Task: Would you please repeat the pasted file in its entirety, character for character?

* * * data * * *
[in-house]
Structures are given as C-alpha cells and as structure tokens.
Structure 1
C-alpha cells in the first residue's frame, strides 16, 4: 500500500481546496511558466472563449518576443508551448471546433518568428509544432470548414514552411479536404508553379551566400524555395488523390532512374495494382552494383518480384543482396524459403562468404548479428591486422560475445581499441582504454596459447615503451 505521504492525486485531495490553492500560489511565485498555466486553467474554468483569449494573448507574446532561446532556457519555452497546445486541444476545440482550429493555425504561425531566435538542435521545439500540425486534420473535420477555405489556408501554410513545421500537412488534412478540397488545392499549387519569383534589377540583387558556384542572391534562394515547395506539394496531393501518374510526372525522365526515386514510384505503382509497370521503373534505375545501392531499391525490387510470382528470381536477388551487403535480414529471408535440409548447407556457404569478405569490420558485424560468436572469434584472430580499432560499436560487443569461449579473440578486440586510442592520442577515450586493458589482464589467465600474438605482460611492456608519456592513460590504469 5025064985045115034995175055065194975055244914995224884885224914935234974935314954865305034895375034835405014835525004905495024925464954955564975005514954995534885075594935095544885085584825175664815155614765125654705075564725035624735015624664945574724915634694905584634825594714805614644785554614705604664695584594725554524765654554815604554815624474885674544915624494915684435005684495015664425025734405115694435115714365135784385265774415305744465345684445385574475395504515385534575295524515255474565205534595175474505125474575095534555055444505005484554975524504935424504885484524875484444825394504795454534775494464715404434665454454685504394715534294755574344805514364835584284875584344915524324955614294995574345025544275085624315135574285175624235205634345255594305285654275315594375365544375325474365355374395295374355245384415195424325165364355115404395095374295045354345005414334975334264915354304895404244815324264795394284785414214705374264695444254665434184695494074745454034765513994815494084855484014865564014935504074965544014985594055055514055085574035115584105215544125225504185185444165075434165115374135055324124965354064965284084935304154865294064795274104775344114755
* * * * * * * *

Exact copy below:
[in-house]
Structures are given as C-alpha cells and as structure tokens.
Structure 1
C-alpha cells in the first residue's frame, strides 16, 4: 500500500481546496511558466472563449518576443508551448471546433518568428509544432470548414514552411479536404508553379551566400524555395488523390532512374495494382552494383518480384543482396524459403562468404548479428591486422560475445581499441582504454596459447615503451 505521504492525486485531495490553492500560489511565485498555466486553467474554468483569449494573448507574446532561446532556457519555452497546445486541444476545440482550429493555425504561425531566435538542435521545439500540425486534420473535420477555405489556408501554410513545421500537412488534412478540397488545392499549387519569383534589377540583387558556384542572391534562394515547395506539394496531393501518374510526372525522365526515386514510384505503382509497370521503373534505375545501392531499391525490387510470382528470381536477388551487403535480414529471408535440409548447407556457404569478405569490420558485424560468436572469434584472430580499432560499436560487443569461449579473440578486440586510442592520442577515450586493458589482464589467465600474438605482460611492456608519456592513460590504469 5025064985045115034995175055065194975055244914995224884885224914935234974935314954865305034895375034835405014835525004905495024925464954955564975005514954995534885075594935095544885085584825175664815155614765125654705075564725035624735015624664945574724915634694905584634825594714805614644785554614705604664695584594725554524765654554815604554815624474885674544915624494915684435005684495015664425025734405115694435115714365135784385265774415305744465345684445385574475395504515385534575295524515255474565205534595175474505125474575095534555055444505005484554975524504935424504885484524875484444825394504795454534775494464715404434665454454685504394715534294755574344805514364835584284875584344915524324955614294995574345025544275085624315135574285175624235205634345255594305285654275315594375365544375325474365355374395295374355245384415195424325165364355115404395095374295045354345005414334975334264915354304895404244815324264795394284785414214705374264695444254665434184695494074745454034765513994815494084855484014865564014935504074965544014985594055055514055085574035115584105215544125225504185185444165075434165115374135055324124965354064965284084935304154865294064795274104775344114755